By J.D. Levite, Air Force Surgeon General Public Affairs
/ Published July 21, 2016
Air Force 1st Lt. Cale Simmons will compete in the 2016 Summer Olympics as a pole vaulter.
U.S. Air Force 1st Lt. Cale Simmons competes in the preliminary round of the men's pole vault July 2, 2016, at the U.S. Olympic Team Trials - Track & Field, in Eugene, Oregon. He placed in the prelims and went on to secure a spot on the U.S. Olympic team during the finals, July 4, 2016. (Photo by David Vergun)
Simmons joined the Air Force World Class Athlete Program so he could continue his career in the Air Force while also doing the sport he loves. He said this program “allows you to serve your country in a different light” and called it an “opportunity to train and represent my country in the best way.”
He added, “The Air Force granted me this awesome opportunity to expand my development and train in a high intensity setting. It’s super humbling.”
It’s not an easy job, training for the Olympics. Simmons has rigorous training he goes through on a constant basis, a strict diet and nutrition plan, and he has to be constantly aware of the risk of injury. If the physical work seems obvious, there’s actually a lot more that goes into it, too.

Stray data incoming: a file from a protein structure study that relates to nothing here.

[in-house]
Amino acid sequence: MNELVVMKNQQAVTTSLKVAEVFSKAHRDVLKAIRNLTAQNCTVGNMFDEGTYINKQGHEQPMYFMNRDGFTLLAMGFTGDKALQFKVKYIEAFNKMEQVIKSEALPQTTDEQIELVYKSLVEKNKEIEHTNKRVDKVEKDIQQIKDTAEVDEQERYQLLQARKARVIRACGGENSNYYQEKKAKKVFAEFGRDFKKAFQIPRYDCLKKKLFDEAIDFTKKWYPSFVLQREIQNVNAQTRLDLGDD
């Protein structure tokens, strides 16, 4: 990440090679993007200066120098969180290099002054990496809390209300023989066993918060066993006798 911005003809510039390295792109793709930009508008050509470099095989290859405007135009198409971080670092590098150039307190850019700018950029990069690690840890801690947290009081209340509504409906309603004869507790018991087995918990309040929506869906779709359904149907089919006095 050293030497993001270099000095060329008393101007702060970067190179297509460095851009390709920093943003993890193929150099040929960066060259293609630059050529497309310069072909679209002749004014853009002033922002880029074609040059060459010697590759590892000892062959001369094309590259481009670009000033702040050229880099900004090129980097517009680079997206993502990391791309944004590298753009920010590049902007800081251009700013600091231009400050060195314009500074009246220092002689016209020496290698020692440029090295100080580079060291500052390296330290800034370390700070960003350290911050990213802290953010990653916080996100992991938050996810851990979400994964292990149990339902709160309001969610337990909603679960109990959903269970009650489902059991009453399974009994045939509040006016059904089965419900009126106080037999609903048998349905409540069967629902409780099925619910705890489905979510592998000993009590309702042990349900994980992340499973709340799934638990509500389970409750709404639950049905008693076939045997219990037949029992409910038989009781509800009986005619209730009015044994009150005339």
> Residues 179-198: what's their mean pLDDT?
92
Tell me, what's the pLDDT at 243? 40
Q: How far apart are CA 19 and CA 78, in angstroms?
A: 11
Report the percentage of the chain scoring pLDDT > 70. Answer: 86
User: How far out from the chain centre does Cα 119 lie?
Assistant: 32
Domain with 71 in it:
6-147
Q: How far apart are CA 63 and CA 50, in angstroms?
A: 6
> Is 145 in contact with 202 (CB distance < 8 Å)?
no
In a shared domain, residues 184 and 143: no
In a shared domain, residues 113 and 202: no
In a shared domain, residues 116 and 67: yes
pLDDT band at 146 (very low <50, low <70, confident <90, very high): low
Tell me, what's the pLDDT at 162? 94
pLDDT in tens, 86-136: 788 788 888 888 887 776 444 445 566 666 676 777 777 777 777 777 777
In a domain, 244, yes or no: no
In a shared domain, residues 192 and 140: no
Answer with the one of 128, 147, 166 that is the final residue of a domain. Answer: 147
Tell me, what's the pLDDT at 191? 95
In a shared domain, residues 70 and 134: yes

“Pole vaulting is a very mental event. It’s tough to do if your head isn’t on right,” Simmons said. “It’s not just at the competitions that you figure that out, either. For me, it goes with the training. Focus on what it is that makes you mentally strong.”
He said a lot of things have to go right in a very fast sequence of events for a pole vaulter to be successful. While every person has their own thing they do to make the jump, for him it’s all about staying focused during practice and avoiding things that might stress him out. And when things get tough, he looks for motivation from his family and friends.
“Competing at this level there’s a lot of ups and downs and it’s great to have your family when you’re at an all-time high. But more importantly it’s the tough days -- the long days, the days where everything goes wrong -- that it’s nice to have family and friends there to support you.”
He said he also finds support from his military family.
“It’s a huge motivation to represent my country and represent the military,” he said “and I have all these people behind me and my cause. There are so many sources, big and small, and it’s super motivating to keep trying hard.”
Simmons said he and his siblings are the first ones in their family to join the military and the first ones to pole vault. He’s been following his passion for the sport since high school, and making it to the U.S. Olympic team is about more than just overcoming a challenge.
“This has been a dream of mine as long as I can remember,” Simmons said. “Going to the trials and making the team was one of the most memorable moments of my life. My mom was crying. Everyone was so proud of me. It was one of those moments you’ll never forget ever.”
Simmons said he doesn’t know what the future holds after the Olympics, but he wants to continue his Air Force career and hopefully train for the 2020 Olympics.